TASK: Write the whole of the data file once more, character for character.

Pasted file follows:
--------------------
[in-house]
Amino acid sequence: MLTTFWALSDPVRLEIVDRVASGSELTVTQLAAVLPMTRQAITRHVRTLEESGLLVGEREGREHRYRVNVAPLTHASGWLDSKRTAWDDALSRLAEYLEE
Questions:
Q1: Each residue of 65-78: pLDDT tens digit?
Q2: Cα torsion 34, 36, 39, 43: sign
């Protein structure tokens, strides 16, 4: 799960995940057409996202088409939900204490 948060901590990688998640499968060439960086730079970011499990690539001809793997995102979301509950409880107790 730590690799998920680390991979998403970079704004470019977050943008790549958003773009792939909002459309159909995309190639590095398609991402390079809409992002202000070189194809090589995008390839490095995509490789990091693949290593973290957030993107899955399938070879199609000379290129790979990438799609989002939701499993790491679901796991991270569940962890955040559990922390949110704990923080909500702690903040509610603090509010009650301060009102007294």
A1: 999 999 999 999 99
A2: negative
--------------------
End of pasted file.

[in-house]
Amino acid sequence: MLTTFWALSDPVRLEIVDRVASGSELTVTQLAAVLPMTRQAITRHVRTLEESGLLVGEREGREHRYRVNVAPLTHASGWLDSKRTAWDDALSRLAEYLEE
Questions:
Q1: Each residue of 65-78: pLDDT tens digit?
Q2: Cα torsion 34, 36, 39, 43: sign
């Protein structure tokens, strides 16, 4: 799960995940057409996202088409939900204490 948060901590990688998640499968060439960086730079970011499990690539001809793997995102979301509950409880107790 730590690799998920680390991979998403970079704004470019977050943008790549958003773009792939909002459309159909995309190639590095398609991402390079809409992002202000070189194809090589995008390839490095995509490789990091693949290593973290957030993107899955399938070879199609000379290129790979990438799609989002939701499993790491679901796991991270569940962890955040559990922390949110704990923080909500702690903040509610603090509010009650301060009102007294």
A1: 999 999 999 999 99
A2: negative